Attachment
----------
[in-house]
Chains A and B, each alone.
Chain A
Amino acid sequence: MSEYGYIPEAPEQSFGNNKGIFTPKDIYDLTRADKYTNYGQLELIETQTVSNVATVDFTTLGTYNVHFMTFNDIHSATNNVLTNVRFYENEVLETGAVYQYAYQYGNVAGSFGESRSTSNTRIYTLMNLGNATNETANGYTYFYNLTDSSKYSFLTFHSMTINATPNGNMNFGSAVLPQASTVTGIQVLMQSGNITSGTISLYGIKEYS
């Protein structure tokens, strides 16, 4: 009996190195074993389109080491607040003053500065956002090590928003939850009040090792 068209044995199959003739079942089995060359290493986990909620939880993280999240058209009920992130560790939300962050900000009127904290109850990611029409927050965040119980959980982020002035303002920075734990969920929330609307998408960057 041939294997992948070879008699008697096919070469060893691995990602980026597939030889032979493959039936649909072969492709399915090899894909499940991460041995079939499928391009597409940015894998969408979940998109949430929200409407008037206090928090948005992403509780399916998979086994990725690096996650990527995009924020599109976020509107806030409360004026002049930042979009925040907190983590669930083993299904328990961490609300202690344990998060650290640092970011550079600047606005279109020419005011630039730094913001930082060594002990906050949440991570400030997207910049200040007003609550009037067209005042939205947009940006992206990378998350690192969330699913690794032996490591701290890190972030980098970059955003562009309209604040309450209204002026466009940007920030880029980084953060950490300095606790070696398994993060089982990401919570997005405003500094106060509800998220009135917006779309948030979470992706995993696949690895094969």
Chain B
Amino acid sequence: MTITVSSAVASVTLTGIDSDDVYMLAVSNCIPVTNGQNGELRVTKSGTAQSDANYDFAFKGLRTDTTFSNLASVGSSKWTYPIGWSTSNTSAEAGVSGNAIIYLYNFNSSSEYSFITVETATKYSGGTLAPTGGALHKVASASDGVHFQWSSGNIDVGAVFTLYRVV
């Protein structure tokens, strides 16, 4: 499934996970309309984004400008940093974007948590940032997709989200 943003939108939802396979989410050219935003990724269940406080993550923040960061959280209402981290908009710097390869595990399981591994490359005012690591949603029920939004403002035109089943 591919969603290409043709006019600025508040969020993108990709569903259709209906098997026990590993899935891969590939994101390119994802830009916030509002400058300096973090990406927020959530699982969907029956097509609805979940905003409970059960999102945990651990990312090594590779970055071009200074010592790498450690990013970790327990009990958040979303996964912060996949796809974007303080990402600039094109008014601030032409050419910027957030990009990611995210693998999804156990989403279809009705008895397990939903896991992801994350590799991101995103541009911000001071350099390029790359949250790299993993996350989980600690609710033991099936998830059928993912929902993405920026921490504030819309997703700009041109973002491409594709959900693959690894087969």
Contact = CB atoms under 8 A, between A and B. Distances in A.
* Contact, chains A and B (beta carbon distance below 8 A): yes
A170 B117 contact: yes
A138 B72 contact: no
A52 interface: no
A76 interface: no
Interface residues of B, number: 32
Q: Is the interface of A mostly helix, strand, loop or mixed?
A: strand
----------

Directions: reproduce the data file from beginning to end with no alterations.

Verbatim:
[in-house]
Chains A and B, each alone.
Chain A
Amino acid sequence: MSEYGYIPEAPEQSFGNNKGIFTPKDIYDLTRADKYTNYGQLELIETQTVSNVATVDFTTLGTYNVHFMTFNDIHSATNNVLTNVRFYENEVLETGAVYQYAYQYGNVAGSFGESRSTSNTRIYTLMNLGNATNETANGYTYFYNLTDSSKYSFLTFHSMTINATPNGNMNFGSAVLPQASTVTGIQVLMQSGNITSGTISLYGIKEYS
């Protein structure tokens, strides 16, 4: 009996190195074993389109080491607040003053500065956002090590928003939850009040090792 068209044995199959003739079942089995060359290493986990909620939880993280999240058209009920992130560790939300962050900000009127904290109850990611029409927050965040119980959980982020002035303002920075734990969920929330609307998408960057 041939294997992948070879008699008697096919070469060893691995990602980026597939030889032979493959039936649909072969492709399915090899894909499940991460041995079939499928391009597409940015894998969408979940998109949430929200409407008037206090928090948005992403509780399916998979086994990725690096996650990527995009924020599109976020509107806030409360004026002049930042979009925040907190983590669930083993299904328990961490609300202690344990998060650290640092970011550079600047606005279109020419005011630039730094913001930082060594002990906050949440991570400030997207910049200040007003609550009037067209005042939205947009940006992206990378998350690192969330699913690794032996490591701290890190972030980098970059955003562009309209604040309450209204002026466009940007920030880029980084953060950490300095606790070696398994993060089982990401919570997005405003500094106060509800998220009135917006779309948030979470992706995993696949690895094969």
Chain B
Amino acid sequence: MTITVSSAVASVTLTGIDSDDVYMLAVSNCIPVTNGQNGELRVTKSGTAQSDANYDFAFKGLRTDTTFSNLASVGSSKWTYPIGWSTSNTSAEAGVSGNAIIYLYNFNSSSEYSFITVETATKYSGGTLAPTGGALHKVASASDGVHFQWSSGNIDVGAVFTLYRVV
């Protein structure tokens, strides 16, 4: 499934996970309309984004400008940093974007948590940032997709989200 943003939108939802396979989410050219935003990724269940406080993550923040960061959280209402981290908009710097390869595990399981591994490359005012690591949603029920939004403002035109089943 591919969603290409043709006019600025508040969020993108990709569903259709209906098997026990590993899935891969590939994101390119994802830009916030509002400058300096973090990406927020959530699982969907029956097509609805979940905003409970059960999102945990651990990312090594590779970055071009200074010592790498450690990013970790327990009990958040979303996964912060996949796809974007303080990402600039094109008014601030032409050419910027957030990009990611995210693998999804156990989403279809009705008895397990939903896991992801994350590799991101995103541009911000001071350099390029790359949250790299993993996350989980600690609710033991099936998830059928993912929902993405920026921490504030819309997703700009041109973002491409594709959900693959690894087969």
Contact = CB atoms under 8 A, between A and B. Distances in A.
* Contact, chains A and B (beta carbon distance below 8 A): yes
A170 B117 contact: yes
A138 B72 contact: no
A52 interface: no
A76 interface: no
Interface residues of B, number: 32
Q: Is the interface of A mostly helix, strand, loop or mixed?
A: strand